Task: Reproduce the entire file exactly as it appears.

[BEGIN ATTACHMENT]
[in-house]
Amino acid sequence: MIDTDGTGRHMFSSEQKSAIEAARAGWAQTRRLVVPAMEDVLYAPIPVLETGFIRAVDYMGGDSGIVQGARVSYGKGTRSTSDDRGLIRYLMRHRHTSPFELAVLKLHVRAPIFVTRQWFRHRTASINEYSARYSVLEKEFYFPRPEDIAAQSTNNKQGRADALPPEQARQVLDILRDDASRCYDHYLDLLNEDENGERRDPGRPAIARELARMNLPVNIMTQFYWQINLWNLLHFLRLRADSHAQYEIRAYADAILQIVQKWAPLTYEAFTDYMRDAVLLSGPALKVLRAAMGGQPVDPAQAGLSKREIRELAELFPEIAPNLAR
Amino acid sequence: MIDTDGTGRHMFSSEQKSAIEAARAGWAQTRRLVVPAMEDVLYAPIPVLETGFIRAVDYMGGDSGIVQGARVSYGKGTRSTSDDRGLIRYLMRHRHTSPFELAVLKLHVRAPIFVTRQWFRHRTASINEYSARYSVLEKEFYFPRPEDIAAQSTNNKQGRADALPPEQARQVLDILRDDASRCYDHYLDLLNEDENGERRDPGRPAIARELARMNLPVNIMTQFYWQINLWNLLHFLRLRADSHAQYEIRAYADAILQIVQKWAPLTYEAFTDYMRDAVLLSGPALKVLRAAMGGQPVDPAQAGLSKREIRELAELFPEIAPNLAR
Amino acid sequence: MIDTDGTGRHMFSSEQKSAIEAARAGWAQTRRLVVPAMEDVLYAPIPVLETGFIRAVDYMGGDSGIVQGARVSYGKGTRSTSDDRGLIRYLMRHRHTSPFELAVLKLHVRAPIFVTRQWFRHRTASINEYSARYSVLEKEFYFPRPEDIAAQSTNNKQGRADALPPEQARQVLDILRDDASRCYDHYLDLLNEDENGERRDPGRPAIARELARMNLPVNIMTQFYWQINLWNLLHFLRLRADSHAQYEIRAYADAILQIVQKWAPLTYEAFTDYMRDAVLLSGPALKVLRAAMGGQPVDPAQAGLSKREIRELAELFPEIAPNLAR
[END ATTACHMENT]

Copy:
[in-house]
Amino acid sequence: MIDTDGTGRHMFSSEQKSAIEAARAGWAQTRRLVVPAMEDVLYAPIPVLETGFIRAVDYMGGDSGIVQGARVSYGKGTRSTSDDRGLIRYLMRHRHTSPFELAVLKLHVRAPIFVTRQWFRHRTASINEYSARYSVLEKEFYFPRPEDIAAQSTNNKQGRADALPPEQARQVLDILRDDASRCYDHYLDLLNEDENGERRDPGRPAIARELARMNLPVNIMTQFYWQINLWNLLHFLRLRADSHAQYEIRAYADAILQIVQKWAPLTYEAFTDYMRDAVLLSGPALKVLRAAMGGQPVDPAQAGLSKREIRELAELFPEIAPNLAR
Amino acid sequence: MIDTDGTGRHMFSSEQKSAIEAARAGWAQTRRLVVPAMEDVLYAPIPVLETGFIRAVDYMGGDSGIVQGARVSYGKGTRSTSDDRGLIRYLMRHRHTSPFELAVLKLHVRAPIFVTRQWFRHRTASINEYSARYSVLEKEFYFPRPEDIAAQSTNNKQGRADALPPEQARQVLDILRDDASRCYDHYLDLLNEDENGERRDPGRPAIARELARMNLPVNIMTQFYWQINLWNLLHFLRLRADSHAQYEIRAYADAILQIVQKWAPLTYEAFTDYMRDAVLLSGPALKVLRAAMGGQPVDPAQAGLSKREIRELAELFPEIAPNLAR
Amino acid sequence: MIDTDGTGRHMFSSEQKSAIEAARAGWAQTRRLVVPAMEDVLYAPIPVLETGFIRAVDYMGGDSGIVQGARVSYGKGTRSTSDDRGLIRYLMRHRHTSPFELAVLKLHVRAPIFVTRQWFRHRTASINEYSARYSVLEKEFYFPRPEDIAAQSTNNKQGRADALPPEQARQVLDILRDDASRCYDHYLDLLNEDENGERRDPGRPAIARELARMNLPVNIMTQFYWQINLWNLLHFLRLRADSHAQYEIRAYADAILQIVQKWAPLTYEAFTDYMRDAVLLSGPALKVLRAAMGGQPVDPAQAGLSKREIRELAELFPEIAPNLAR